Elijah’s Weakness



1 Kings 19:4“But he himself went a day’s journey into the wilderness, and came and sat down under a juniper tree: and he requested for himself that he might die; and said, It is enough; now, O Lord, take away my life; for I am not better than my fathers.”

 As with so many other figures in Scripture, we can learn much from not only their triumphal moments but also in times where their humanity is showcased. The great prophet Elijah is such an example. Depression is as common a malady for us today as it was back in Elijah’s time. We want to think someone as great as Elijah was would not be susceptible to such a thing, but he was after all, just a man (James 5:17). Like us, his strength was not of nature, but rests solely in God.

Like most prophets of God, Elijah faced abject disappointment over Israel’s refusal to turn from their wicked ways. Unable to tear Ahab away from the grip of Jezebel, he found himself fleeing from certain death and prayed to God to take his life from him.

In this example, we see how unwise our prayers can be when we are so downtrodden. It is seldom right to pray to die; that matter is best left with God; we may not destroy our own lives, nor ask the Lord to do so. We have no idea of what is in store for us in this life, nor did Elijah. We may yet see the cause prosper and ourselves successful. Elijah had lived a life of immense power from God, performed many miracles, and was favored by the Lord so much that the chariots of God awaited him in the future (2 Kings 2:11). He would not allow Elijah to die in this manner.

Notice God’s tenderness towards the prophet. He allowed him to sleep: this was better than medicine, or inward rebuke, or spiritual instruction; He fed him with food convenient and miraculously nourishing; He made him perceive angelic care. “An angel touched him.” Further, He allowed him to tell his grief (see 1 Kings 19:10): this is often the best relief. He stated his case, and in so doing, eased his mind. How many of us can relate to this? Often, just by expressing our frustrations openly, we feel so much better.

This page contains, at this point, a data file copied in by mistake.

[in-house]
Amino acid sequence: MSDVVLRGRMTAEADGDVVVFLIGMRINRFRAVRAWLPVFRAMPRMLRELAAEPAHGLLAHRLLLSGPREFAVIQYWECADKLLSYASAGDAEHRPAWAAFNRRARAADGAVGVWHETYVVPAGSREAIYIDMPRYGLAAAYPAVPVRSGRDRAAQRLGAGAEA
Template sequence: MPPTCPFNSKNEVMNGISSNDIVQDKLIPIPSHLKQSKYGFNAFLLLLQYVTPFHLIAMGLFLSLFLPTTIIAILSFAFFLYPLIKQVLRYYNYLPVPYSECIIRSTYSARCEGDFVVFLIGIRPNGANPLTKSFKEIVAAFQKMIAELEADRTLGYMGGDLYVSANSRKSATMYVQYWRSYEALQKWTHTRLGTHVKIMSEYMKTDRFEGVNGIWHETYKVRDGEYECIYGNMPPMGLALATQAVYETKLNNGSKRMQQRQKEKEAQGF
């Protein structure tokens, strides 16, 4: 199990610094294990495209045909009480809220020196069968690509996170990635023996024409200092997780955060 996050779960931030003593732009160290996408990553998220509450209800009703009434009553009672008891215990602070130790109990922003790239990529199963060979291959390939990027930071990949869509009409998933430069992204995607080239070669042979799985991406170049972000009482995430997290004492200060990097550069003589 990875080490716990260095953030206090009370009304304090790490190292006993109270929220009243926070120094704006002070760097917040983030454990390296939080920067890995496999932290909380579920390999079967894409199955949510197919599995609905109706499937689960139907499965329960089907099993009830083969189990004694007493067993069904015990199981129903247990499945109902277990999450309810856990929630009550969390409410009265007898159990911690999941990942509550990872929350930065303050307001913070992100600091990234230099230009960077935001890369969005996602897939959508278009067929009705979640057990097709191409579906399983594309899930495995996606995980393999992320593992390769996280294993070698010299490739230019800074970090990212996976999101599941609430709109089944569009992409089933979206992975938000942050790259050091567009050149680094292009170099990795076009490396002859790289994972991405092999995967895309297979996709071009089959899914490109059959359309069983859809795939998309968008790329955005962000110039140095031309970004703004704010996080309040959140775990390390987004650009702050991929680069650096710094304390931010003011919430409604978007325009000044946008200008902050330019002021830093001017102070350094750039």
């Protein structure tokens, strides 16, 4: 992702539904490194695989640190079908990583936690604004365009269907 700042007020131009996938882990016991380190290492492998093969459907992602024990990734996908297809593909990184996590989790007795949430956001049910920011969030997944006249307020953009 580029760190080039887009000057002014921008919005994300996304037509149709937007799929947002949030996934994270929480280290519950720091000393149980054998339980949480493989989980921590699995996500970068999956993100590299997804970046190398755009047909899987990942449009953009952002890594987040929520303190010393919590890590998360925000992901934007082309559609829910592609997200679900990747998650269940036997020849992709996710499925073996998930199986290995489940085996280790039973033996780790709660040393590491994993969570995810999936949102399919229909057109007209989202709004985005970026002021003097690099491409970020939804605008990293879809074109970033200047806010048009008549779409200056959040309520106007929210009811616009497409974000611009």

God was not done with Elijah; He had more to teach him, and had more work for him to do--most notably to seek out his helper and successor Elisha. Yet Elijah at this point seemed much like Jonah, dissatisfied with the Almighty, hoping to escape the present sufferings through death’s portal. But somewhere within Elijah’s depth of pain, a faint light in his heart allowed God to comfort him and strengthen him once again, perhaps through a remembrance of his triumph at Carmel.

We should recognize in this story the providence of God. When we seek our own solutions to life’s burdens, we circumvent the One who can help us most of all. Here we see a great prophet like Elijah falling victim to a weakness so many of us bear, and in so doing we see a glimpse of the tender mercy of our Father when we are brought so low. Certainly, God could have prevented all of this from entering Elijah’s life but had He done so, such a wonderful story of redemption would have been lost. To God be the glory, for His strength is made manifest in our weakness (2 Corinthians 12:9).






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